Author + information
- Received August 16, 2005
- Revision received October 25, 2005
- Accepted November 1, 2005
- Published online May 2, 2006.
- Theodore Chow, MD, FACC⁎,
- Dean J. Kereiakes, MD, FACC⁎,
- Cheryl Bartone, RN⁎,
- Terri Booth, RN⁎,
- Edward J. Schloss, MD, FACC⁎,
- Theodore Waller, MD, FACC⁎,
- Eugene S. Chung, MD⁎,
- Santosh Menon, MD⁎,
- Brahmajee K. Nallamothu, MD, MPH† and
- Paul S. Chan, MD, MSc†,⁎ ()
- ↵⁎Reprint requests and correspondence:
Dr. Paul S. Chan, Cardiology (111-A), VA Ann Arbor Healthcare System, 2215 Fuller Road, Ann Arbor, Michigan 48105.
Objectives The purpose of this study was to assess if microvolt T-wave alternans (MTWA) is an independent predictor of mortality in patients with ischemic cardiomyopathy.
Background Microvolt T-wave alternans has been proposed as an effective tool for identifying high-risk patients with ischemic cardiomyopathy who are likely to benefit from implantable cardioverter-defibrillator (ICD) therapy. However, earlier studies have been limited in their ability to control for baseline differences between MTWA-negative and -non-negative (positive and indeterminate) patients.
Methods We enrolled 768 consecutive patients with ischemic cardiomyopathy (left ventricular ejection fraction ≤35%) and no prior history of ventricular arrhythmia. All patients underwent baseline MTWA testing and were classified as MTWA negative or non-negative. Multivariable Cox regression analyses, stratified by ICD status, were used to determine the association between MTWA testing and mortality after adjusting for demographic, clinical, and treatment differences between MTWA-negative and -non-negative patients.
Results We identified 514 (67%) patients with a non-negative MTWA test. After multivariable adjustment, a non-negative MTWA test was associated with a significantly higher risk for all-cause (stratified hazard ratio [HR] = 2.24 [95% confidence interval 1.34 to 3.75]; p = 0.002) and arrhythmic mortality (stratified HR = 2.29 [1.00 to 5.24]; p = 0.049) but not for nonarrhythmic mortality (stratified HR = 1.77 [0.84 to 3.74]; p = 0.13). In subgroup analyses, a non-negative MTWA test was also associated with a higher risk for all-cause mortality in patients with ejection fractions ≤30% (stratified HR = 2.10 [1.18 to 3.73]; p = 0.01) and after excluding those with indeterminate MTWA tests (stratified HR = 2.08 [1.18 to 3.66]; p = 0.01).
Conclusions Microvolt T-wave alternans is a strong and independent predictor of all-cause and arrhythmic mortality in patients with ischemic cardiomyopathy.
Sudden cardiac death (SCD) is the leading cause of mortality in patients with ischemic heart disease and left ventricular dysfunction (1). The second Multicenter Automatic Defibrillator Implantation Trial (MADIT-II) and the Sudden Cardiac Death in Heart Failure Trial (SCD-HeFT) have shown that implantable cardioverter-defibrillators (ICDs) reduce mortality in patients with ischemic heart disease and left ventricular ejection fractions (LVEF) ≤30% and ≤35%, respectively (2,3). Although ICD implantation may be cost effective overall (4–7), widespread use of ICDs is likely to be constrained by fixed health care budgets. Further risk stratification of the pool of patients considered eligible for ICDs would have broad implications for the healthcare system.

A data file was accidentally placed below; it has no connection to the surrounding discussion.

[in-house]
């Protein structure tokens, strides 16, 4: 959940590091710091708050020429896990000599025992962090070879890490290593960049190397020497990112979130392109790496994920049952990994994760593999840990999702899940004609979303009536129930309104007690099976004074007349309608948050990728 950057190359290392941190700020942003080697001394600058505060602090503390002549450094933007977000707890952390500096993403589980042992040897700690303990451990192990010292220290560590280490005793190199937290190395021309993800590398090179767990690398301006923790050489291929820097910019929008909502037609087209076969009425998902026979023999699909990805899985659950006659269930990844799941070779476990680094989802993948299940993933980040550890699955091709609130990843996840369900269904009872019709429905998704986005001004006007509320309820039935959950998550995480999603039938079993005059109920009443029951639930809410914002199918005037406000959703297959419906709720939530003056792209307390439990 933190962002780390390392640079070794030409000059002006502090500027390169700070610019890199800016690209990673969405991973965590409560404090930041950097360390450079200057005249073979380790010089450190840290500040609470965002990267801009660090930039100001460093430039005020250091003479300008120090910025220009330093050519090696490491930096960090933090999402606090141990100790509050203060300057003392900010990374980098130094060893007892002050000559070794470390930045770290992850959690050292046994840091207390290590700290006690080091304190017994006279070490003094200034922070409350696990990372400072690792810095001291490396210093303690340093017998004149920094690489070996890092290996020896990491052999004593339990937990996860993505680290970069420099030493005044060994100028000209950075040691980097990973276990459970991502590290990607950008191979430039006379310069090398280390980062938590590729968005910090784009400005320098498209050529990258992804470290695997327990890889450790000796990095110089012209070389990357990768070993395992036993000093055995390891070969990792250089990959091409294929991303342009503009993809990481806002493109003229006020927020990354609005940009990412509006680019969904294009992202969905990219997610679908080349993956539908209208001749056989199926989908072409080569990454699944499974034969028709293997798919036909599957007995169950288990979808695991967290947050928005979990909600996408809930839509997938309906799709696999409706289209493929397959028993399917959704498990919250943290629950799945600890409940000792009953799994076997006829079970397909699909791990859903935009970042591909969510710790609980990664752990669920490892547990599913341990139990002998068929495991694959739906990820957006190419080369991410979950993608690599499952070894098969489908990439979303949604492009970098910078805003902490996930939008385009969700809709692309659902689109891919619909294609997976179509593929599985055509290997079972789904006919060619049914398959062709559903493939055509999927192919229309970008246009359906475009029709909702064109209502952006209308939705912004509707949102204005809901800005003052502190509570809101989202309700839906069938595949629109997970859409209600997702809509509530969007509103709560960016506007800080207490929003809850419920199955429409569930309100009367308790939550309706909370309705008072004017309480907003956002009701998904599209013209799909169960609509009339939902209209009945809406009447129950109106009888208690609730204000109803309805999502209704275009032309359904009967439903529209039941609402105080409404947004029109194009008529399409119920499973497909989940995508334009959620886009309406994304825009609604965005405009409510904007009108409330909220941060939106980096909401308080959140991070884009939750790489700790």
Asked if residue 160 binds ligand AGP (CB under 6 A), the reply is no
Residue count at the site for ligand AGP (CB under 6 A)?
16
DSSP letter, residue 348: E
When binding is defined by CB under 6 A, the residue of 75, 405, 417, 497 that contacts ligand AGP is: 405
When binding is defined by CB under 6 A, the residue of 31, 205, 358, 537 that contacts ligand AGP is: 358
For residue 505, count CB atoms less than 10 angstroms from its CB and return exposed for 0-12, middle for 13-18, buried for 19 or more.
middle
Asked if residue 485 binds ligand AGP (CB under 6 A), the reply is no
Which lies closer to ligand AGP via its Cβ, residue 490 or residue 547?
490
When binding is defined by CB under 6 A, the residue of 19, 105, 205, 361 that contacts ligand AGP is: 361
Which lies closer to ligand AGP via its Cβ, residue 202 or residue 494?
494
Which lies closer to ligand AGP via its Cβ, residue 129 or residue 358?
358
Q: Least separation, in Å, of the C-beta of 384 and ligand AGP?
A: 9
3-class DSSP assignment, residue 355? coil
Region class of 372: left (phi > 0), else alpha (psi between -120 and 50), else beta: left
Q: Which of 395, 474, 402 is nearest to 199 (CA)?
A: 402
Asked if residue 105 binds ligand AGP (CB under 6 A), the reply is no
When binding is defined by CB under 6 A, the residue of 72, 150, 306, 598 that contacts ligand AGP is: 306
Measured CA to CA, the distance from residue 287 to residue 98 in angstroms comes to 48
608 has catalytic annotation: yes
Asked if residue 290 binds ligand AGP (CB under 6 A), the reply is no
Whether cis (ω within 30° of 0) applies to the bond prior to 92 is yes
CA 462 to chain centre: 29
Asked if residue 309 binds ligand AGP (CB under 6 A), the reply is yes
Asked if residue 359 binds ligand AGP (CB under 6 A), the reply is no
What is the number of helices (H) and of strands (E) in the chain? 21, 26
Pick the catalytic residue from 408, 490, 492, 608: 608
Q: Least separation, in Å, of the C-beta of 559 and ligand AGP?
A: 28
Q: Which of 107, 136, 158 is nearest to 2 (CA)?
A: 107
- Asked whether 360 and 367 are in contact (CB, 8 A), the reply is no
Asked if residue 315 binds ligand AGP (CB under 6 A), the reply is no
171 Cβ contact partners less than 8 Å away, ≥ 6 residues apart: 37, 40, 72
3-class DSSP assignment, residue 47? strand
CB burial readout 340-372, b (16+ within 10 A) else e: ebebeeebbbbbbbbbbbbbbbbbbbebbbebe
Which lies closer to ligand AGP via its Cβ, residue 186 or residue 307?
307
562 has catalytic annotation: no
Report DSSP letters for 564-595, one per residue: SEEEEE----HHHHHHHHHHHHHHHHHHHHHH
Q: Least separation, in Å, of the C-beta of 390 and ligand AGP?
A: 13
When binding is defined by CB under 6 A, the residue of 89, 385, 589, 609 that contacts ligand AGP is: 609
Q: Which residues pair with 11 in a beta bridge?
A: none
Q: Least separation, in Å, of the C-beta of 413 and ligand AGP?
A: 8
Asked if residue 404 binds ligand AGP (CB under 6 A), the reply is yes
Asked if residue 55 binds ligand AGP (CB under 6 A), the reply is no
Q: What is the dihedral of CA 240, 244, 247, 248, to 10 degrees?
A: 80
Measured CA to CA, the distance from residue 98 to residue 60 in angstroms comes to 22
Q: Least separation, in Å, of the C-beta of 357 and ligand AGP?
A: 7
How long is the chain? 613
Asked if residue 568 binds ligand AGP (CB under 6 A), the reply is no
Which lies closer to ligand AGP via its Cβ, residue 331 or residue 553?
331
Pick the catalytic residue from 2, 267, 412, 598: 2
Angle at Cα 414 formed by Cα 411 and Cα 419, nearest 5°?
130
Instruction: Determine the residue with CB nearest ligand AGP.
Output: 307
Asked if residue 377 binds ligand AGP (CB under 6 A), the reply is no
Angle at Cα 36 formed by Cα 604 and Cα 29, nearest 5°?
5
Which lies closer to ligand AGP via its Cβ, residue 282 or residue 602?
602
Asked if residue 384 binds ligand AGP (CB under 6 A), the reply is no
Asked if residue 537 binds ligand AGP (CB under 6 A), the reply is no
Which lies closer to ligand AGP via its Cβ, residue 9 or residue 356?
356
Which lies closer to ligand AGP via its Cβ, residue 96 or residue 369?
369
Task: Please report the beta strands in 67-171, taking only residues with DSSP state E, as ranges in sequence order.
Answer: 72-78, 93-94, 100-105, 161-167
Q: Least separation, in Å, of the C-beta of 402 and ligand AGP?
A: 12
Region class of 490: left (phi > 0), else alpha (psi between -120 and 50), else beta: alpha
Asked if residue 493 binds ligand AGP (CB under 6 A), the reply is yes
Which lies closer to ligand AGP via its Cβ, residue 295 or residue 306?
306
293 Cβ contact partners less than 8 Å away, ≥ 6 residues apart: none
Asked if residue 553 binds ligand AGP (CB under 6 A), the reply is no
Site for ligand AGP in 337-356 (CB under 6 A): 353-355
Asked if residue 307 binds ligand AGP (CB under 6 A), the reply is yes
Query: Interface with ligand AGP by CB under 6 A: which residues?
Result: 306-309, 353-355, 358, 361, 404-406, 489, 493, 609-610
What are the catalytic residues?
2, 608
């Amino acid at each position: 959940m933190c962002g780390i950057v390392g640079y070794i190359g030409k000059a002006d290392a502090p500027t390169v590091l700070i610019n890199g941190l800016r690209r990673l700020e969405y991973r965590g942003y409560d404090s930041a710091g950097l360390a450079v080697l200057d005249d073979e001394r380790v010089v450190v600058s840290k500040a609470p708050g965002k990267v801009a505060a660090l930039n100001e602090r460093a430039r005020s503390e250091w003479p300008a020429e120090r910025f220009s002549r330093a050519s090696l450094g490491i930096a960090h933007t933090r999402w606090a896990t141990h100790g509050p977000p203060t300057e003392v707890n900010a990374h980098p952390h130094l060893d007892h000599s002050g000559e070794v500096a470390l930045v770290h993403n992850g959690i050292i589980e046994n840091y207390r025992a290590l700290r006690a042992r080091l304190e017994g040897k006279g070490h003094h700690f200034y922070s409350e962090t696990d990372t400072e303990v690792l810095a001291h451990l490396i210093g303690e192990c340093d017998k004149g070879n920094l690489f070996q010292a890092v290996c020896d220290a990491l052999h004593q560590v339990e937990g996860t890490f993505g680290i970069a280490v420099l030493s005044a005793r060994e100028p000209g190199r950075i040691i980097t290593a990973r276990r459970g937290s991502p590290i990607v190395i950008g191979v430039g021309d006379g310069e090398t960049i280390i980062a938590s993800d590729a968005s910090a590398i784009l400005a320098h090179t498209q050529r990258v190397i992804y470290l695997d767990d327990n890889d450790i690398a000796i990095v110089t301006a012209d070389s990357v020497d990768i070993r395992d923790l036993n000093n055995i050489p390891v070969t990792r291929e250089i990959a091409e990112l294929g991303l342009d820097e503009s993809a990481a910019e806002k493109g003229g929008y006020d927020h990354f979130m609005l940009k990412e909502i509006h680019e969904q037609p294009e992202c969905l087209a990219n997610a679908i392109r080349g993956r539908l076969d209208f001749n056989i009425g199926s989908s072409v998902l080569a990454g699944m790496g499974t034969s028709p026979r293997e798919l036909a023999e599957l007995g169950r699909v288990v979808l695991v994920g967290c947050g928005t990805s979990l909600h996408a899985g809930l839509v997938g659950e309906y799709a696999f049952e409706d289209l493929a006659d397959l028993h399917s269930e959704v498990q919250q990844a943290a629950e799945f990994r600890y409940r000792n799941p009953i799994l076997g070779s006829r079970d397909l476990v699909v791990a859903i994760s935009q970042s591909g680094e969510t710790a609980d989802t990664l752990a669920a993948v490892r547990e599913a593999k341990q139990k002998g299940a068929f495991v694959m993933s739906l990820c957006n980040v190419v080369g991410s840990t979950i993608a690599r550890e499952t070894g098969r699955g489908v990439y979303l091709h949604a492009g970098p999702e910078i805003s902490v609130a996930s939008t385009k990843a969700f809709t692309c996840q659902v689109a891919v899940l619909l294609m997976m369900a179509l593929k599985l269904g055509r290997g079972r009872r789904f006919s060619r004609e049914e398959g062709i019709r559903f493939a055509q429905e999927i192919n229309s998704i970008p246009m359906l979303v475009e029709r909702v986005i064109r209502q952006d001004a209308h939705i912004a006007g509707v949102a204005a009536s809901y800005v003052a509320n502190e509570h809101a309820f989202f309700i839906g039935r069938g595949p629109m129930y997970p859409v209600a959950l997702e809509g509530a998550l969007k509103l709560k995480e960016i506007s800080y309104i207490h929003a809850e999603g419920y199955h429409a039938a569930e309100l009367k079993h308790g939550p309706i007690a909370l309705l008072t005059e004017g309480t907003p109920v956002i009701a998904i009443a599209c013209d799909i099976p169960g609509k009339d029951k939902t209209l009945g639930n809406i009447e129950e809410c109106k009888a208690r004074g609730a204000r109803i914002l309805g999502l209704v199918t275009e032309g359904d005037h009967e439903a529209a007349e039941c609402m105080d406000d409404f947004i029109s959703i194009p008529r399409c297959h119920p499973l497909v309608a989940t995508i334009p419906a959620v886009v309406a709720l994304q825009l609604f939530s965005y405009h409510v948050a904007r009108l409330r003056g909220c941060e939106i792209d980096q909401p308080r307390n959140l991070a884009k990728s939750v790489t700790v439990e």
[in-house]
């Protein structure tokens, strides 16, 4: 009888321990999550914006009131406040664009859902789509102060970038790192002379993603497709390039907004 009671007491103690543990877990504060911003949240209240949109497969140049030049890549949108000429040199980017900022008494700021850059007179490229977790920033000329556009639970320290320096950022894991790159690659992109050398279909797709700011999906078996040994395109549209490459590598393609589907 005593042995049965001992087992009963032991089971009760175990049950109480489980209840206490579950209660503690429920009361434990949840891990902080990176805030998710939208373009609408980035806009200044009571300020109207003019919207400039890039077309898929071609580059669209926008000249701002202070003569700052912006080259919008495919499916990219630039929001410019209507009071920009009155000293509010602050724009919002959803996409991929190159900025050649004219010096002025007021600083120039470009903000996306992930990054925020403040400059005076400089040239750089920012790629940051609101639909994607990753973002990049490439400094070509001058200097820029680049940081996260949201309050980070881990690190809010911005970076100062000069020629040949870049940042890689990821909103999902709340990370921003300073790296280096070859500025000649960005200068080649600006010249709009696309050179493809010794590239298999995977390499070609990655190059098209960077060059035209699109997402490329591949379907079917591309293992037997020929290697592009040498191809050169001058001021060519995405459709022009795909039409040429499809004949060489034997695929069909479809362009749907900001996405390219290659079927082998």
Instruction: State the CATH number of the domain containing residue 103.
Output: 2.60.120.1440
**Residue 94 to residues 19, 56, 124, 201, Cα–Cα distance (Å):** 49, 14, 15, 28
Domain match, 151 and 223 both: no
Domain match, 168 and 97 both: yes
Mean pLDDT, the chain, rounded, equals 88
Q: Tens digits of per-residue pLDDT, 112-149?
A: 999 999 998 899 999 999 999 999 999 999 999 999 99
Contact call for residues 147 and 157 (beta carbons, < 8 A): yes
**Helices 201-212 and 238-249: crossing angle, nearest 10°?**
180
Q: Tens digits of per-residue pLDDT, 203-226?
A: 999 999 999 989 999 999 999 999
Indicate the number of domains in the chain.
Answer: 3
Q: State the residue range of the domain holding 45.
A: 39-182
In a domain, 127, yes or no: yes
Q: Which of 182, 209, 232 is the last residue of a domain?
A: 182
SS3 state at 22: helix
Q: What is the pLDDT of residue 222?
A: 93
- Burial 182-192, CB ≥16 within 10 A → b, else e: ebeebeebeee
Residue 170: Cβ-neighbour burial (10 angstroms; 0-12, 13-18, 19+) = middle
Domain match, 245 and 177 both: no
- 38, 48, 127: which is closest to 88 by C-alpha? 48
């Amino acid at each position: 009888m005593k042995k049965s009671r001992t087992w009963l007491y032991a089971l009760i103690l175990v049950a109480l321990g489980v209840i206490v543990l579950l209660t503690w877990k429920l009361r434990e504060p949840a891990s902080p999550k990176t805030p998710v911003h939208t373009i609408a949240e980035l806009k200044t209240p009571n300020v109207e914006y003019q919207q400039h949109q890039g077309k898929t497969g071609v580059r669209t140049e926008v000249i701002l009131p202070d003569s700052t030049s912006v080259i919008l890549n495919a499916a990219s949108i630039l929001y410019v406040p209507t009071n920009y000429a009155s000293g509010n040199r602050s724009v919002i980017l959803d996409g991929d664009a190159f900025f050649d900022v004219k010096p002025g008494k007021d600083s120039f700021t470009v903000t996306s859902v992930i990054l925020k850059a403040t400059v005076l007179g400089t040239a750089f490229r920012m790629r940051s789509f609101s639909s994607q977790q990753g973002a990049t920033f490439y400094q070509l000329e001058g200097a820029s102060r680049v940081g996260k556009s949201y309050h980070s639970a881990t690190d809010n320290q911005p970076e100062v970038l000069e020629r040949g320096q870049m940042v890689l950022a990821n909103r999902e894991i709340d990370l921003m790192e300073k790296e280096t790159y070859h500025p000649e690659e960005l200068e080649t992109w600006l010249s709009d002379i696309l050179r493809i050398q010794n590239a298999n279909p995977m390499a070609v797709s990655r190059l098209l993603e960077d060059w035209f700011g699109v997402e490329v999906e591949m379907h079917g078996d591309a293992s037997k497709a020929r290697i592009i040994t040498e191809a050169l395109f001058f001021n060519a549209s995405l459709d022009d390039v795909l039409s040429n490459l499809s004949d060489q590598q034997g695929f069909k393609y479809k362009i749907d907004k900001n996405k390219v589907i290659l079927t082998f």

Microvolt T-wave alternans (MTWA) involves the detection of every-other-beat alternations in T-wave morphology. These alternations are thought to represent abnormalities in intracellular calcium handling that may predispose patients to ventricular tachyarrhythmias (8–10). Earlier studies have suggested that MTWA may be a useful, noninvasive method for discriminating between patients with ischemic cardiomyopathy that are at low and high risk for SCD (11,12). Although provocative, these studies were primarily limited in their ability to adjust for baseline differences in clinical characteristics (such as age and LVEF) between patients who tested MTWA negative and non-negative (positive and indeterminate) (13). Without adjusting for such baseline differences, it is unclear whether MTWA adds additional prognostic value over traditional clinical characteristics that are often associated with SCD (13,14).
We therefore evaluated whether MTWA was an independent predictor of mortality in patients with ischemic cardiomyopathy after adjusting for demographics and clinical characteristics including ICD status, age, LVEF, prolonged QRS duration, clinical comorbidities, and medication treatment. We also determined if the prognostic utility of MTWA was related to its ability to predict arrhythmic versus nonarrhythmic mortality.
A multicenter prospective cohort composed of four outpatient cardiology clinics was developed and coordinated by the Ohio Heart and Vascular Center and the Lindner Clinical Trials Center, Cincinnati, Ohio. Consecutive patients with varying LVEF were enrolled between March 2001 and June 2004 during their MTWA test (index date). For this study, we included patients with ischemic heart disease (defined as cardiac catheterization with ≥70% stenosis in at least one coronary vessel, documented myocardial infarction, or a history of coronary revascularization) and LVEF ≤35%. Patients also had to be at least 21 years old, have no history of a prior ventricular arrhythmic event, and be in sinus rhythm at the time of MTWA testing. All patients gave informed consent to registry enrollment and follow-up. The study was approved by the institutional review board at The Christ Hospital, Cincinnati, Ohio.
MTWA testing protocol
At study enrollment, all patients underwent baseline MTWA testing by treadmill exercise (Heartwave System, Cambridge Heart, Bedford, Massachusetts) with elevation of the heart rate to a target level of 120 beats/min. Beta-blockers and non-dihydropyridine calcium-channel blockers were withheld for >24 h before the test. All MTWA tests were interpreted according to standard criteria by an expert reader blinded to patient characteristics and clinical outcomes (15). A positive MTWA test was defined as sustained alternans with an onset heart rate of ≤110 beats/min. A negative MTWA test was defined as the absence of criteria for a positive test with a maximum heart rate of ≥105 beats/min. All other tests were classified as indeterminate. Based on earlier studies (11,12,14,16), we classified both indeterminate and positive tests as “non-negative” during statistical analyses, but also examined MTWA-positive and -indeteminate results separately during secondary analyses.